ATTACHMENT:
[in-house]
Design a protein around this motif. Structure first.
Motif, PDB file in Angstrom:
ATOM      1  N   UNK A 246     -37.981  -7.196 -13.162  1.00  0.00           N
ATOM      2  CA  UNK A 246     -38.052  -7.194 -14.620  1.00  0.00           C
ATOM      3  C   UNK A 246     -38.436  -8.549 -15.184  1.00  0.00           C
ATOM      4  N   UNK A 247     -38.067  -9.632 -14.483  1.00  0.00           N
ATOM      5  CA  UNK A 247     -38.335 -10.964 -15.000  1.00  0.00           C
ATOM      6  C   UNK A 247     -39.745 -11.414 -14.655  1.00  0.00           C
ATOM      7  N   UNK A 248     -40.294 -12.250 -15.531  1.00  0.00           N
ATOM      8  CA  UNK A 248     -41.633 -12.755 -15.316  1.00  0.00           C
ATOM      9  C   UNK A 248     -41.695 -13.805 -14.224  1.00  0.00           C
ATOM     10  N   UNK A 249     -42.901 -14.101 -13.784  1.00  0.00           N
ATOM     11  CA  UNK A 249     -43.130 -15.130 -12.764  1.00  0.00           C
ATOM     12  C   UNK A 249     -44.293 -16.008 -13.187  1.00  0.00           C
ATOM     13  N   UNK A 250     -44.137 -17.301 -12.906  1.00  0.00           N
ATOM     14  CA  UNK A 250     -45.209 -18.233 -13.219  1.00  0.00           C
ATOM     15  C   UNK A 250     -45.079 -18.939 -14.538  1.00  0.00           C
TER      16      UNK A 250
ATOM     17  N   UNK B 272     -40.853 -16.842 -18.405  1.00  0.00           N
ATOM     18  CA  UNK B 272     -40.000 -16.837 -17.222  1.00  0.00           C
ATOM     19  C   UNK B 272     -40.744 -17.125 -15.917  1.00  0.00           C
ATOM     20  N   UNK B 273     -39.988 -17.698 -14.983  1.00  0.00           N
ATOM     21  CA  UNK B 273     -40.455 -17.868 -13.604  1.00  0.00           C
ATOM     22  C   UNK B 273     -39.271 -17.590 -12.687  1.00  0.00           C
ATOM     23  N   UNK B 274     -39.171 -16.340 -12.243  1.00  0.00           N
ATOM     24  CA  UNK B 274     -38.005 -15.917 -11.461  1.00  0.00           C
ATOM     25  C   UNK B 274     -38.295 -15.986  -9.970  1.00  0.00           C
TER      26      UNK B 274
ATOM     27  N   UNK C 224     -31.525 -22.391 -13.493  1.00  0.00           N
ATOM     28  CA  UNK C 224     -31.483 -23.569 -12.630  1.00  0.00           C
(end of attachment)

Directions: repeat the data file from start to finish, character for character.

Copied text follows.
[in-house]
Design a protein around this motif. Structure first.
Motif, PDB file in Angstrom:
ATOM      1  N   UNK A 246     -37.981  -7.196 -13.162  1.00  0.00           N
ATOM      2  CA  UNK A 246     -38.052  -7.194 -14.620  1.00  0.00           C
ATOM      3  C   UNK A 246     -38.436  -8.549 -15.184  1.00  0.00           C
ATOM      4  N   UNK A 247     -38.067  -9.632 -14.483  1.00  0.00           N
ATOM      5  CA  UNK A 247     -38.335 -10.964 -15.000  1.00  0.00           C
ATOM      6  C   UNK A 247     -39.745 -11.414 -14.655  1.00  0.00           C
ATOM      7  N   UNK A 248     -40.294 -12.250 -15.531  1.00  0.00           N
ATOM      8  CA  UNK A 248     -41.633 -12.755 -15.316  1.00  0.00           C
ATOM      9  C   UNK A 248     -41.695 -13.805 -14.224  1.00  0.00           C
ATOM     10  N   UNK A 249     -42.901 -14.101 -13.784  1.00  0.00           N
ATOM     11  CA  UNK A 249     -43.130 -15.130 -12.764  1.00  0.00           C
ATOM     12  C   UNK A 249     -44.293 -16.008 -13.187  1.00  0.00           C
ATOM     13  N   UNK A 250     -44.137 -17.301 -12.906  1.00  0.00           N
ATOM     14  CA  UNK A 250     -45.209 -18.233 -13.219  1.00  0.00           C
ATOM     15  C   UNK A 250     -45.079 -18.939 -14.538  1.00  0.00           C
TER      16      UNK A 250
ATOM     17  N   UNK B 272     -40.853 -16.842 -18.405  1.00  0.00           N
ATOM     18  CA  UNK B 272     -40.000 -16.837 -17.222  1.00  0.00           C
ATOM     19  C   UNK B 272     -40.744 -17.125 -15.917  1.00  0.00           C
ATOM     20  N   UNK B 273     -39.988 -17.698 -14.983  1.00  0.00           N
ATOM     21  CA  UNK B 273     -40.455 -17.868 -13.604  1.00  0.00           C
ATOM     22  C   UNK B 273     -39.271 -17.590 -12.687  1.00  0.00           C
ATOM     23  N   UNK B 274     -39.171 -16.340 -12.243  1.00  0.00           N
ATOM     24  CA  UNK B 274     -38.005 -15.917 -11.461  1.00  0.00           C
ATOM     25  C   UNK B 274     -38.295 -15.986  -9.970  1.00  0.00           C
TER      26      UNK B 274
ATOM     27  N   UNK C 224     -31.525 -22.391 -13.493  1.00  0.00           N
ATOM     28  CA  UNK C 224     -31.483 -23.569 -12.630  1.00  0.00           C